What intrigued us especially were the eclectic designs of the chimneys atop these buildings. More than just tubes through which smoke escapes, these are artistic triumphs in their own right. Some resembled clusters of medieval helmeted soldiers, others fir trees, and still others papier-mâché clown hats. All command attention and dazzle visitors with their colorful, almost whimsical designs, on rooftops whose undulating surface makes clambering about challenging.
In between visits to Gaudí’s masterpieces, we found time for tapas and regional wines at eateries around the city. We grew to adore the variety and creativity of tapas on a visit to Madrid some years back, so the chance to experience the Catalan take on these small, satisfying dishes proved irresistible. As a coastal city, Barcelona offered a wealth of seafood-themed tapas including what turned out to be our favorite — octopus prepared in numerous ways.
The most memorable selection of tapas was at El Puchero de Baralantra, a tiny establishment catty-corner from our hotel and, thankfully, open on a Sunday evening when we wanted to celebrate Michael’s birthday with our friend from France, Pierre, who was working in Barcelona. Guided by our knowledgeable and charismatic waiter, José, our favorite offering turned out to be tacos de filete de ternera al Roquefort — succulent strips of roasted veal in a creamy sauce of Roquefort cheese. Less rich but equally memorable were the pimientos al padrón — sweet green peppers the size of jalapeños but without the heat, roasted to perfection and sprinkled with sea salt. We were unable to resist a staple of tapas cuisine that found its pinnacle at El Puchero — patatas bravas — little discs of potatoes fried to perfection and smothered in aioli. To accompany these and other dishes we enjoyed a local red wine, a blend of cabernet sauvignon and tempranillo from the Raimat winery in the Costers del Segre region of Catalonia.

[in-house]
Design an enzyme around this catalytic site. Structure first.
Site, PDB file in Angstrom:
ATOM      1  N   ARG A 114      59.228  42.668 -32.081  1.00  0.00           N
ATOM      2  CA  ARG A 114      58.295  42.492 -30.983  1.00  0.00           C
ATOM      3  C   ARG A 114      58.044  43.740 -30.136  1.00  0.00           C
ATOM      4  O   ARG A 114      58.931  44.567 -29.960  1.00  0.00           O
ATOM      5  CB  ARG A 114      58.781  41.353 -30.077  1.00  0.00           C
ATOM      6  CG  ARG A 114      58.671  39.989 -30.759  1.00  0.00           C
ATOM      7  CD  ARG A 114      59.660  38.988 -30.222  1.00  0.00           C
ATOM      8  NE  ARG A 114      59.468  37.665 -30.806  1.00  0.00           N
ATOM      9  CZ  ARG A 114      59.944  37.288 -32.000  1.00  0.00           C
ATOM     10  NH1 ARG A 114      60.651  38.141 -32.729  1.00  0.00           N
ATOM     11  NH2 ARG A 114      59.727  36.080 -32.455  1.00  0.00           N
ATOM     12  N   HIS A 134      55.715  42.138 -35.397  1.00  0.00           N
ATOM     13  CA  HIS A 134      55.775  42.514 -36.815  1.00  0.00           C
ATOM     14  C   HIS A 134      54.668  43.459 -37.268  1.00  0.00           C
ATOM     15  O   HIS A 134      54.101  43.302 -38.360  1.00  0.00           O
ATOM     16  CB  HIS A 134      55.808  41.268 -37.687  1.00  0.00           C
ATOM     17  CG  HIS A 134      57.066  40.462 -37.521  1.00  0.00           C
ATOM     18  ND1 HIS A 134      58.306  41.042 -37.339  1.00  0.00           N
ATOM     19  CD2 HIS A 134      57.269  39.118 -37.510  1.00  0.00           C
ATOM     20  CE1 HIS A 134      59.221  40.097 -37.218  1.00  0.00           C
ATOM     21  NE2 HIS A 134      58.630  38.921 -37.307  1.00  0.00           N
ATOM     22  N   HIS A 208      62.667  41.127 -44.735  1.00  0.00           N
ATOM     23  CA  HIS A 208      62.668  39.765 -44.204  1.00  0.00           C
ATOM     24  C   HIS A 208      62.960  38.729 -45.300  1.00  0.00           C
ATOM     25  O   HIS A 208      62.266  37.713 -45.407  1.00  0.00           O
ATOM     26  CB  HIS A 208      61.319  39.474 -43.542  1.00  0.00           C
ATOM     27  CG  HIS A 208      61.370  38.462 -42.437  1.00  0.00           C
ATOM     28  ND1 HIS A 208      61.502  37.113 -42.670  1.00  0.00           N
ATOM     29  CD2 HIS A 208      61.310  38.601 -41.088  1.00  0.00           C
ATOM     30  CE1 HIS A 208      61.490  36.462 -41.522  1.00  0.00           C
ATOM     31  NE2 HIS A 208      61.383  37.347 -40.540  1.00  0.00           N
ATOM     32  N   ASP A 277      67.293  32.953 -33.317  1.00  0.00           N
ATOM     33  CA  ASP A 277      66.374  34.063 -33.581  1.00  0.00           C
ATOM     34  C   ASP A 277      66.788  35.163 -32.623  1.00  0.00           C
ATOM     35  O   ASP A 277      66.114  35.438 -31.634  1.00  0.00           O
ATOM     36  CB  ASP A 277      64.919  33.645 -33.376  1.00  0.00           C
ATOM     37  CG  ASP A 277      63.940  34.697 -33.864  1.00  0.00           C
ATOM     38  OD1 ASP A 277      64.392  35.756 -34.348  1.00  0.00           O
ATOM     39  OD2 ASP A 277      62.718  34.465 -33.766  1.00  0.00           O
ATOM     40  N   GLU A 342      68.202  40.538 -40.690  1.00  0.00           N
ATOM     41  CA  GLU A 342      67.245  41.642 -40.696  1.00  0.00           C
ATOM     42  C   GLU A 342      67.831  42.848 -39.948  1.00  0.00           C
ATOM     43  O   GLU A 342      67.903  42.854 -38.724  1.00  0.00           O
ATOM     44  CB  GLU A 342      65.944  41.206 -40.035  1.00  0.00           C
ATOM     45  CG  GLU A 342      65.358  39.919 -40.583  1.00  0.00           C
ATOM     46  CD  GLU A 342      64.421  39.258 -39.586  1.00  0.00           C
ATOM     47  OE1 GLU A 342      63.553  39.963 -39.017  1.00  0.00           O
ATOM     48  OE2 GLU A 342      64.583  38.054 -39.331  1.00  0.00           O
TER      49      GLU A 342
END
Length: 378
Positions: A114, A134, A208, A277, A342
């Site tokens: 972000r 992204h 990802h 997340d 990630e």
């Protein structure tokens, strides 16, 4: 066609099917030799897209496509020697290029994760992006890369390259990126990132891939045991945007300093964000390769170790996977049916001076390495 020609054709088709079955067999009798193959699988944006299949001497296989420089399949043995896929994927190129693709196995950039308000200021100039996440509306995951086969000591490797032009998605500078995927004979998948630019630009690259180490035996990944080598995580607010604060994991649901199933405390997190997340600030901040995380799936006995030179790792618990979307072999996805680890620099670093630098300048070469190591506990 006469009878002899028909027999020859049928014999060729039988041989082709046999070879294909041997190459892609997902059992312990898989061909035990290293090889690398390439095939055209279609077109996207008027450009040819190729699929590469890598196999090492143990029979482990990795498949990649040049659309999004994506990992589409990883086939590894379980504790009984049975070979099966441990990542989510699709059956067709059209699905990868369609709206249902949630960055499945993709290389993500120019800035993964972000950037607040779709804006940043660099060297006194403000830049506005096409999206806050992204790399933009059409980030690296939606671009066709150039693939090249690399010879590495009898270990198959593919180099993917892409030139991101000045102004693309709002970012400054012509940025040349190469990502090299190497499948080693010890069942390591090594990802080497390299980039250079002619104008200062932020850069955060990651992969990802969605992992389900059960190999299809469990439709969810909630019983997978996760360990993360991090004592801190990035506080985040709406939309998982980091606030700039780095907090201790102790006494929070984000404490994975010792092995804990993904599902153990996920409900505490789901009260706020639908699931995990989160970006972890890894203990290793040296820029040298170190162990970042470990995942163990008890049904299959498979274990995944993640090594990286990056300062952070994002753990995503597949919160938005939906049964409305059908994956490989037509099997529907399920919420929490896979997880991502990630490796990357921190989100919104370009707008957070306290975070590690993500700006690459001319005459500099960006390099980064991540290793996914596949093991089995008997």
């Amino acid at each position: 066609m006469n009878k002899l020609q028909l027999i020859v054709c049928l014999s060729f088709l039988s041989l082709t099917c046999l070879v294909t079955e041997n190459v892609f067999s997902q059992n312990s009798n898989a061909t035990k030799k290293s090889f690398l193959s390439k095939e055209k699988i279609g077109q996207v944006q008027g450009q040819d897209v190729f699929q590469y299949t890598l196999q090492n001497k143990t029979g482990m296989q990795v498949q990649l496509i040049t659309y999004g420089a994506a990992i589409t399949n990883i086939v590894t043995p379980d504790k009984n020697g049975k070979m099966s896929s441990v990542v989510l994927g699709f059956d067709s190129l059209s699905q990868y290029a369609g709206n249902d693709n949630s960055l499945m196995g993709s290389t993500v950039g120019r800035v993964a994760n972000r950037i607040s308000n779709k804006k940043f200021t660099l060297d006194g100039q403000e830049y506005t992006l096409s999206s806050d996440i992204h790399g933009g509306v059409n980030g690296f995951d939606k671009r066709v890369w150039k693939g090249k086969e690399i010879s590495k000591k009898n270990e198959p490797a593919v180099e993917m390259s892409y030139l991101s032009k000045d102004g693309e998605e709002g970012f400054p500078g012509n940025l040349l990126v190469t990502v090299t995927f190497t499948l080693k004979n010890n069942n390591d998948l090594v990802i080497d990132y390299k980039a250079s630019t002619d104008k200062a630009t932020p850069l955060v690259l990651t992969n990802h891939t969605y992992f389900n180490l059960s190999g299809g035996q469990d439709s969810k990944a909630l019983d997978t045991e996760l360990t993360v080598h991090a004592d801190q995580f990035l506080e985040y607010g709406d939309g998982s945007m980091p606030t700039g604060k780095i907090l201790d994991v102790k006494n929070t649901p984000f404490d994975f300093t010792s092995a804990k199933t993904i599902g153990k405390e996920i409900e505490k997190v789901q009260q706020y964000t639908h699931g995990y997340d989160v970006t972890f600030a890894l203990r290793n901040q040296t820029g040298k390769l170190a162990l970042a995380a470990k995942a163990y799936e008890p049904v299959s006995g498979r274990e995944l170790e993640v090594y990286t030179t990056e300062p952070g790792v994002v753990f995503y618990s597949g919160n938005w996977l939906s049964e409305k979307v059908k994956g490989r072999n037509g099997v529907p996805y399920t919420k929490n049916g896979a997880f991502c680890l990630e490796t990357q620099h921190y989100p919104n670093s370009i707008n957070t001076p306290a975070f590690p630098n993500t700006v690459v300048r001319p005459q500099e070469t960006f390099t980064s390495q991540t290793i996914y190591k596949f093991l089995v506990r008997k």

We found Barcelona a richly cosmopolitan place with the perfect wintertime climate, sunny but not too cold. This city demands strolling, not just on the wide boulevards such as Las Ramblas, but the side streets and small parks as well. The only drawback is the scourge of petty thieves, characterized by the locals as gypsies, who prey on tourists using elaborate schemes and misdirection designed to separate us from purses, wallets, and jewelry. If only all that creativity had been invested in legitimate enterprise, the EU’s economic woes would vanish! Fortunately, we were provided with a one-page summary of chicaneries when we checked in at the Hotel Dante. The thug who surreptitiously threw a wad of goop on Michael’s jacket and then “volunteered” to wash it off was befuddled by our lack of valuables and eventually ambled off in search of more lucrative prey. Without the hotel’s warning and carefully securing our valuables, our entire trip might have gone up in smoke.
Restaurante El Puchero de Baralantra - Muntaner 103 (corner of Mallorca), 08036 Barcelona
Hotel Dante, Mallorca, 181, 08036 Barcelona
Next time, a visit to a best-kept secret with a resurgent wine industry.
The original version of this article appeared in the Spring, 2014 edition of the Quarterly Newsletter of the Wine Society of Texas, a non-profit organization dedicated to wine education and appreciation.